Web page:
Season: 6 GP | 131.2 YPG (31st) | 63.5% (25th) | DNQ avg CAY (-) | 5.8 TD% (11th) | 0.0 INT% (1st) | N/A OVM (-) | 28 rush yards (25th) | 0 rush TDs (T-25th)

In two starts, C.J. Beathard completed 38-of-59 attempts (64.4%) for 455 yards, four touchdowns, and zero interceptions. Beathard’s performances at the season’s end tell me one thing. That’s how lucky the 49ers are to have coach Kyle Shanahan leading this team.

Not a single quarterback on the roster should be in the franchise’s future plans. Yet, Shanahan made the most of his limited group of signal-callers. Jimmy Garoppolo, Nick Mullens, and Beathard combined to complete 65.1% of their pass attempts for 270.0 yards per game and 25 touchdown passes on the year. The latter was only accomplished by 16 NFL quarterbacks this season, while the former was bested by a mere six.

29. Tua Tagovailoa, Miami Dolphins

Season: 10 GP | 181.4 YPG (29th) | 64.1% (24th) | 5.3 avg CAY (21st) | 3.8 TD% (24th) | 1.7 INT% (T-9th) | 23.55 OVM (20th) | 109 rush yards (22nd) | 3 rush TDs (T-9th)

The final two games for rookie quarterback Tua Tagovailoa couldn’t have gone any worse. As a result, they lead to his significant drop in our 2020 QB power rankings. After Week 16’s benching with the game on the line, Tagovailoa came out in the season’s finale looking just as timid and even more off-target despite go-to receiver DeVante Parker returning to the lineup.

In the first half, Tagovailoa robotically looked off defenders before throwing short, predestined passes. Even when he did push the ball downfield, his throws were more like presnap determined prayers. Post-Denver Broncos’ drubbing, Tagovailoa’s lacked confidence and comfortability (for the most part). Then again, this is what rookie quarterbacks are supposed to look like.

30. Sam Darnold, New York Jets

Season: 12 GP | 184.0 YPG (27th) | 59.6% (30th) | 4.7 avg CAY (28th) | 2.5 TD% (T-29th) | 3.0 INT% (30th) | 16.27 OVM (31st) | 217 rush yards (13th) | 2 rush TDs (T-16th)

My biggest knock on Sam Darnold is he doesn’t scare anyone in obvious passing situations. During Week 17’s matchup against the New England Patriots, it was more of the same for Darnold. He found himself sailing several throws and throwing two interceptions in key situations.

In his three starts against coach Bill Belichick, Darnold has thrown one touchdown versus eight giveaways. In those games, the Jets have been outscored 99-17. I get he’s too young to give up on, but for the New York Jets to flat out not want to draft a passer in 2021 is beyond me.

31. Brandon Allen, Cincinnati Bengals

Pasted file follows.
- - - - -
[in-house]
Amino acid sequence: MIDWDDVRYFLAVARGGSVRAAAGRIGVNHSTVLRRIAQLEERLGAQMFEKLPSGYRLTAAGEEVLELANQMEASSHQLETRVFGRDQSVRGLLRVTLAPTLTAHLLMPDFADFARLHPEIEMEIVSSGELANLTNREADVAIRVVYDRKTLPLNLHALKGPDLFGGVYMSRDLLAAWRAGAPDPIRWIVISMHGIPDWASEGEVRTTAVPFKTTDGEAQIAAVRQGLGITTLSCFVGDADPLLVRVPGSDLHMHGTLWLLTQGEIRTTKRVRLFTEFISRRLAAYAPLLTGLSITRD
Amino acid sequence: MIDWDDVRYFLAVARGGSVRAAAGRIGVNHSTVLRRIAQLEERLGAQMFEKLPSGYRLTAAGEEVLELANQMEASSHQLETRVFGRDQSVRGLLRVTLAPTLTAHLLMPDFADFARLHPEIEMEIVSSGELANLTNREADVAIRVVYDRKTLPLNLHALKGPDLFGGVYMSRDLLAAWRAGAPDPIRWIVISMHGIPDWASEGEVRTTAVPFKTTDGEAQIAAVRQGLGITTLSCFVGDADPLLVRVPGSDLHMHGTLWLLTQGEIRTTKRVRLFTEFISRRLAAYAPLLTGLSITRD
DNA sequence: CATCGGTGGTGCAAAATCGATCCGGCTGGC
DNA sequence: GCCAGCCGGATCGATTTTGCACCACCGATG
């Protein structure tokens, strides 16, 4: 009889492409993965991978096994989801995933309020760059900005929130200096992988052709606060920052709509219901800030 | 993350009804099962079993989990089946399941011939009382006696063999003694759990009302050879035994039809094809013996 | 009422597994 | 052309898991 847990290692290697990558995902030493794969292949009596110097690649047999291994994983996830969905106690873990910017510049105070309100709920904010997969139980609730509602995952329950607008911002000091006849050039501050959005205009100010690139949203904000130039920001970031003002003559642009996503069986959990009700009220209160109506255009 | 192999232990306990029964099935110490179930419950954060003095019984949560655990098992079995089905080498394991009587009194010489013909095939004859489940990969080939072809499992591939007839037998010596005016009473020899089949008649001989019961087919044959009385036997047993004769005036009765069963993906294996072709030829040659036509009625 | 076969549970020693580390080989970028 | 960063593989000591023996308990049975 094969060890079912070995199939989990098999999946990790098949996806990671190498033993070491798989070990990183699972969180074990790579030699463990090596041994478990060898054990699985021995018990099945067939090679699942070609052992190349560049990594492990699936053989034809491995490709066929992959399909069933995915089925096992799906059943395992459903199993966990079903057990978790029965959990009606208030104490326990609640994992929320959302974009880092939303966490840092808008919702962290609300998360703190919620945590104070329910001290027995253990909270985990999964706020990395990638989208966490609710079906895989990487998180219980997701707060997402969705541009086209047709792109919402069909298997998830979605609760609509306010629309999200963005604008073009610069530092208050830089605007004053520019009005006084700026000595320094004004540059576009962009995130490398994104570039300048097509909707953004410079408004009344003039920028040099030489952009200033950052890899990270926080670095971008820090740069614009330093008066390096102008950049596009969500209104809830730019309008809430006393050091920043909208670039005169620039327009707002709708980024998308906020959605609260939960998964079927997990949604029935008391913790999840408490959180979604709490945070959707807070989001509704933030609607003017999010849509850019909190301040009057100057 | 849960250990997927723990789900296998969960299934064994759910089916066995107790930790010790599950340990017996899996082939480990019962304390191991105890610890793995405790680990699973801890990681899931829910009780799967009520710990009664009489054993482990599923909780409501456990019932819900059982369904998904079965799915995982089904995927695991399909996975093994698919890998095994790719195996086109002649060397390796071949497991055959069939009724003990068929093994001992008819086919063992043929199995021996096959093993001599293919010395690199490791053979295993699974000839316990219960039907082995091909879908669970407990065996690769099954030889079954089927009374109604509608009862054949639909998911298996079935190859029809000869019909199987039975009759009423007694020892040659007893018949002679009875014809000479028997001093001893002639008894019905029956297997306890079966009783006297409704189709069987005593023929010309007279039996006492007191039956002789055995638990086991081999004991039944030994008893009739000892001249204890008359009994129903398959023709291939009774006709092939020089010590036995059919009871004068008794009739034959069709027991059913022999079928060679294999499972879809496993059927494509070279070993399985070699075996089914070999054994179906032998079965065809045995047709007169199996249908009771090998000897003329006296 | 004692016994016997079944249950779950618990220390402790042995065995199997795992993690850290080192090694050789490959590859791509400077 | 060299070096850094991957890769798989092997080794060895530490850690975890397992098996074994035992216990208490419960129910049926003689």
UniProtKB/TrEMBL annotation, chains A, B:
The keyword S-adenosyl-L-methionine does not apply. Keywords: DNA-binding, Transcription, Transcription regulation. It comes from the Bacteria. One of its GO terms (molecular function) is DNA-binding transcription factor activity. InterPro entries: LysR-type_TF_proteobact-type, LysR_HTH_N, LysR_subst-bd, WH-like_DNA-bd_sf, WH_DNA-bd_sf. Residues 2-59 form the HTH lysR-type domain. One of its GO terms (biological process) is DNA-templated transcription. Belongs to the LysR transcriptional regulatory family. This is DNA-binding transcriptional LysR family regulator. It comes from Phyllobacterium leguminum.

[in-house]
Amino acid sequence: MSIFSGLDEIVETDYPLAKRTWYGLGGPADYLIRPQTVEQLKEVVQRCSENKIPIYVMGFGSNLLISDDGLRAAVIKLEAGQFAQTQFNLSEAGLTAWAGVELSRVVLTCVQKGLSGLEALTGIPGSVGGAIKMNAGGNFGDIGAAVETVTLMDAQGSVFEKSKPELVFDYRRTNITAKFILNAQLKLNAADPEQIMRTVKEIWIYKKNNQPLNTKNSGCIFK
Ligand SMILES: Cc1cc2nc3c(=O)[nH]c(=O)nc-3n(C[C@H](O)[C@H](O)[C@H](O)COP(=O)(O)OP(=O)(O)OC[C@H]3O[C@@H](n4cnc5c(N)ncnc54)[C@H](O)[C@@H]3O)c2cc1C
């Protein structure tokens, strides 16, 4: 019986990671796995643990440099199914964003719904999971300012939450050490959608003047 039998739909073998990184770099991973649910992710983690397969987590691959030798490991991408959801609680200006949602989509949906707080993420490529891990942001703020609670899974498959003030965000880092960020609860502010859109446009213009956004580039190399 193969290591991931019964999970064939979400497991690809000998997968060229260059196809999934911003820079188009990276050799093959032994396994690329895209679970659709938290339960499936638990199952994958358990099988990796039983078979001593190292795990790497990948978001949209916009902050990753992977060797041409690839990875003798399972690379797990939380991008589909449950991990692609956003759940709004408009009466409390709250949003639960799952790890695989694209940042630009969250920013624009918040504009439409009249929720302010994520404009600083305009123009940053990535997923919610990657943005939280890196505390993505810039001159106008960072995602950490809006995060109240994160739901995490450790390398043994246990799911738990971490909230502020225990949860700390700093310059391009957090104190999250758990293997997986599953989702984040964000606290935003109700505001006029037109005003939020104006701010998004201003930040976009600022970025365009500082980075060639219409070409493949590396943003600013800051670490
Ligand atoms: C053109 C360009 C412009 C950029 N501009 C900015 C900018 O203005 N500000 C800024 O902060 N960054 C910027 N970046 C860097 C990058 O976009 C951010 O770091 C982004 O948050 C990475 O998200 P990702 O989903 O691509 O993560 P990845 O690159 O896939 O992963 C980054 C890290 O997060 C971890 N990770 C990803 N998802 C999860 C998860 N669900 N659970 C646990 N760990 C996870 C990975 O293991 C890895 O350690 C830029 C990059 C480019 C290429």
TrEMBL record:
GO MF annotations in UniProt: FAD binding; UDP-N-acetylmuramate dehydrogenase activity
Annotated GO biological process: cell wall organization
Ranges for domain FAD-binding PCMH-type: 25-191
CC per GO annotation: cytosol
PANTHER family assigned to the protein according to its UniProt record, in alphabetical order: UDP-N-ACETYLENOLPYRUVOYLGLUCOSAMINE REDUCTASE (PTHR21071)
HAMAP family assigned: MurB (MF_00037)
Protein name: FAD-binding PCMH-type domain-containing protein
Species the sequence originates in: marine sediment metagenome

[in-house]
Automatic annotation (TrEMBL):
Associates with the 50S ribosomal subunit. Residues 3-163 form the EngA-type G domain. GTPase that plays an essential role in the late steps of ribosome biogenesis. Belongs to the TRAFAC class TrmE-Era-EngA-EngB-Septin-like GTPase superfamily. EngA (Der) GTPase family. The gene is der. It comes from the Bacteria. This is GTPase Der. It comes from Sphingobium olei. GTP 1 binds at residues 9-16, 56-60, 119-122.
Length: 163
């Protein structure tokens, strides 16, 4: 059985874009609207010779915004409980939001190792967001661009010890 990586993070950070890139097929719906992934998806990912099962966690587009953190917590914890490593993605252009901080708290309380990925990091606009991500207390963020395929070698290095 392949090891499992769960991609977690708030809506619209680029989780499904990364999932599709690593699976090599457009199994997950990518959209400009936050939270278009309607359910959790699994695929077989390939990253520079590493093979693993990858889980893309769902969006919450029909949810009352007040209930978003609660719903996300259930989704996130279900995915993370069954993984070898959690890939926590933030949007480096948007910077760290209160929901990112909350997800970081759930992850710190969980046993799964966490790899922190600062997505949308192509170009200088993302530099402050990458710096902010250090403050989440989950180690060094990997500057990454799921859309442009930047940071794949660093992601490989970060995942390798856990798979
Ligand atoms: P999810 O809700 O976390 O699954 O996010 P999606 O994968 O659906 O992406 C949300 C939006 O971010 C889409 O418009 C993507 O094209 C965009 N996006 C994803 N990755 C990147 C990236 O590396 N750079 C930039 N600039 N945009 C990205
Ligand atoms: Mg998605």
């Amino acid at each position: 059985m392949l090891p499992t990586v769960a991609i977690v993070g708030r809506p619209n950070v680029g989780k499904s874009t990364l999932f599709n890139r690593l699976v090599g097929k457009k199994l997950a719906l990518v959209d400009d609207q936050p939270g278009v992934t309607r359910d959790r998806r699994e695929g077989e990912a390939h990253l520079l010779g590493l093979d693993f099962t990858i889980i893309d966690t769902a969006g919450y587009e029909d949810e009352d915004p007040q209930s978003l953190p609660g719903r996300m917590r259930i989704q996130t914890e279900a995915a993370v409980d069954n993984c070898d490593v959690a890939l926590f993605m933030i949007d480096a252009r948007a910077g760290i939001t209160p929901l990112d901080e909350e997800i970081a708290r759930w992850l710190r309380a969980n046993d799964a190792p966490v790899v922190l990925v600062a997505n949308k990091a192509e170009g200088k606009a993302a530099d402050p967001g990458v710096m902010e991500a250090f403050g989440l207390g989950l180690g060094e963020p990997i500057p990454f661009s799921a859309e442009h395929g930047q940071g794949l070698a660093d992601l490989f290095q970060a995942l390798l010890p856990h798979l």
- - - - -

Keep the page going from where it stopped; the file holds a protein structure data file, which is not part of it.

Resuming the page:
Season: 5 GP | 185.0 YPG (26th) | 63.4% (26th) | 4.0 avg CAY (30th) | 3.5 TD% (T-27th) | 2.8 INT% (T-28th) | 19.92 OVM (27th) | 27 rush yards (26th) | 0 rush TDs (T-25th)

The timeframe for Joe Burrow’s return is still vague as the 2020 season concludes. With Allen set to hit free agency, I wonder if it makes sense for the Bengals to bring him back in 2021. Aside from Week 17’s poor performance, Allen’s been effective. He completed nearly 70% of his throws through his first four starts for 877 yards and a 5:2 touchdown to interception ratio.

32. Alex Smith, Washington Football Team

Season: 8 GP | 197.8 YPG (24th) | 66.7% (13th) | 3.8 avg CAY (31st) | 2.4 TD% (31st) | 3.2 INT% (31st) | 16.72 OVM (30th) | 3 rush yards (30th) | 0 rush TDs (T-25th)

Alex Smith’s journey back to the field is commendable and downright award-winning. However, it’s no excuse for his deteriorated mobility and ability as a passer.

In six starts, the Washington Football Team has gone 5-1 despite Smith throwing more interceptions (eight) than touchdowns (six). While his efficiency remains in the top half of the league’s passers, I credit it more to an NFL worst 3.8 average air yards per completion. Smith is overly reliant on those around him, as his Offensive Share Metric would indicate.

Nevertheless, where Smith lacks in ability, he makes up in intangibles. That’s where Washington has benefited most since benching Dwayne Haskins and losing Kyle Allen to injury.

However, Smith was unable to suit up for in Washinton’s final game versus the Buccaneers with ongoing calf issues. Taylor Heinicke started in Smith’s place for just the second start of his career. As the broadcaster’s constantly reminded us, Heinicke played well. For a quarterback that’s seen the field nine times in six seasons, he looked poised and unaffected by the moment.